The Dumbarton Oaks Conference
Between August 21 and October 7, 1944 representatives of the United States, Great Britain, the Soviet Union and China met at Dumbarton Oaks in Washington, D.C. Following the Moscow Conference of 1943, this gathering sought to lay out the principles and furnish the blueprint for the United Nations.
It was as Dumbarton Oaks that the basic structure of the new world organization was established. This included a General Assembly comprised of all members, the Security Council of eleven members, an International Court of Justice, and a Secretariat. The main plan was to give the Security Council responsibility for preventing future warfare. The General Assembly would make recommendations and discuss international cooperation.
In spite of the progress that was made at Dumbarton Oaks, the conference ended with two main issues left unresolved. The first involved the Soviet demand that all sixteen republics of the Soviet Union have their own seats in the General Assembly. Assistant Secretary of State Edward Stettinius feared the sixteen-count votes from the Soviets would enrage the American public. At the same time, the Soviets expressed concern over the possibility they would be outvoted in a general assembly by Britain and her dominions, and the United States along with its allies from Latin America.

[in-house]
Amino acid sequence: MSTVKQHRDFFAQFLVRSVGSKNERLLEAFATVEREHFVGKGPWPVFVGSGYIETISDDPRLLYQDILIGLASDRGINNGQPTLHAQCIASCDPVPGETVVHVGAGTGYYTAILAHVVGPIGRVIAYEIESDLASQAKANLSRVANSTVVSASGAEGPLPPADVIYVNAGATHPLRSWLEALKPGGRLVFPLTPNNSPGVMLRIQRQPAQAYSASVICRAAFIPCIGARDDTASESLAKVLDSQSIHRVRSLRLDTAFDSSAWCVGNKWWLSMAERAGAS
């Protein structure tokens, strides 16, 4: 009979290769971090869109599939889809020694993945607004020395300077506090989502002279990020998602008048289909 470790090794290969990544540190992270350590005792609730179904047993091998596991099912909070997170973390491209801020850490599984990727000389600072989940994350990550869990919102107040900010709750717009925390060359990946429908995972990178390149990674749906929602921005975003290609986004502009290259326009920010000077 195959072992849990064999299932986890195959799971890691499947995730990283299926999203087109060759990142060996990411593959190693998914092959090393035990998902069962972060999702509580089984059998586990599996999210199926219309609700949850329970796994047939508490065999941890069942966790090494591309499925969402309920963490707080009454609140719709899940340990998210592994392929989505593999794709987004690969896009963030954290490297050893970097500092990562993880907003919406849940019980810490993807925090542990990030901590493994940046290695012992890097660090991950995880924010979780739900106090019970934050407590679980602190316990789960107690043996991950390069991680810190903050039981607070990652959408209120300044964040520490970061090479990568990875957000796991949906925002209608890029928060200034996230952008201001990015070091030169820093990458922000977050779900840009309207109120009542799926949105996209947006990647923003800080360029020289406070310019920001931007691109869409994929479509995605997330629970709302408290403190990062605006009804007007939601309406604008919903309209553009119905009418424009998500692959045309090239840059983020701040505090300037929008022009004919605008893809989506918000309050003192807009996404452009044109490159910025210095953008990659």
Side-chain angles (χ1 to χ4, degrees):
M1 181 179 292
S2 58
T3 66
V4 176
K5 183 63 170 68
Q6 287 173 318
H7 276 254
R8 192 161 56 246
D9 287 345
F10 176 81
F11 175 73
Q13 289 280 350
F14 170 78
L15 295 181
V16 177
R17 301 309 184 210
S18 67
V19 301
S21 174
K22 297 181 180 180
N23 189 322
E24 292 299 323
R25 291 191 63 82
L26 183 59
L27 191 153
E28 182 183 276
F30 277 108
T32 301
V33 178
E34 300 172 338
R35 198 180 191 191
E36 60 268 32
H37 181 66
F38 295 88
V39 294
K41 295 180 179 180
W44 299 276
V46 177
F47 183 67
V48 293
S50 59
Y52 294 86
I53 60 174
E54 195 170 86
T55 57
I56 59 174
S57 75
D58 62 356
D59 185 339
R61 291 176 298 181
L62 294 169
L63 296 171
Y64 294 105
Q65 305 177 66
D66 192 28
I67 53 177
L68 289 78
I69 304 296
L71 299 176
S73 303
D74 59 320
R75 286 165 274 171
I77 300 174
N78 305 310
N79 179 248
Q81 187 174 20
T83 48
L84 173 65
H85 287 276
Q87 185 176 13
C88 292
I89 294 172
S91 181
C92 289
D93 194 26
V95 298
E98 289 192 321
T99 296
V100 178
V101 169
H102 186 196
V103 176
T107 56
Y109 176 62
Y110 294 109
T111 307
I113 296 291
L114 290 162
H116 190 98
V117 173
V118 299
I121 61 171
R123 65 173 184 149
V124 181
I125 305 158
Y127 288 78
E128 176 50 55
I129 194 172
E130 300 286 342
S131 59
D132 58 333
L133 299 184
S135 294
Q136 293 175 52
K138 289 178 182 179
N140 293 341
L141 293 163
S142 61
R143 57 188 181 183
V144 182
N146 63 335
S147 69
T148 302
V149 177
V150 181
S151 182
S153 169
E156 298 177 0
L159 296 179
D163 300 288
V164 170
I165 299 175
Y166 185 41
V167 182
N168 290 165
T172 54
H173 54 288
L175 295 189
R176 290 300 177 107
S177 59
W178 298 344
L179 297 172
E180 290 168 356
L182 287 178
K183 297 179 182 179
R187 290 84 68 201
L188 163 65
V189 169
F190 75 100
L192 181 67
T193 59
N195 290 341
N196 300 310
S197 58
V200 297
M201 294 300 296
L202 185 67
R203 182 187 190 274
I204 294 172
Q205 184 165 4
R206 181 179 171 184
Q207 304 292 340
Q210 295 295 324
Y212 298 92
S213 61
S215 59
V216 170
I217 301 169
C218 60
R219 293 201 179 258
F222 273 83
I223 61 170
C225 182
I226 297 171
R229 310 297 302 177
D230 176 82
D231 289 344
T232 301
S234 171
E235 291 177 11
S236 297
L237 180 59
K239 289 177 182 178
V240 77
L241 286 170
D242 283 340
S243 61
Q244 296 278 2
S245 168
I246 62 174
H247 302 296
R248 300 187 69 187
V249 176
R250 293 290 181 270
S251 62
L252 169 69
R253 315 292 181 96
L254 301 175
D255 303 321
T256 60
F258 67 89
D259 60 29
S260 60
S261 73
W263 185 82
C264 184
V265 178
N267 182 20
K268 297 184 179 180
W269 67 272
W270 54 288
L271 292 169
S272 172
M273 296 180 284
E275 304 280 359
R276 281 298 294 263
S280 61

The second main issue at the Conference concerned the veto powers granted the four (later five) permanent members of the Security Council. The Big Four nations all agreed on their right to possess a veto, but the delegates had differing ideas on how vast that veto should be. The Soviet Union believed the veto should be absolute, which would grant the big four the power to prevent even the mere discussion of dispute within the Security Council. By the time the conference ended, however, the British and American delegations came around to the view that the veto should be limited to actions only. In other words, no power would have the right to block the discussion of any issued before the Council. Stalin vehemently disagreed, with the result that if the Four Major Powers could not find a resolution to these differences, the whole effort to establish the United Nations might come to naught.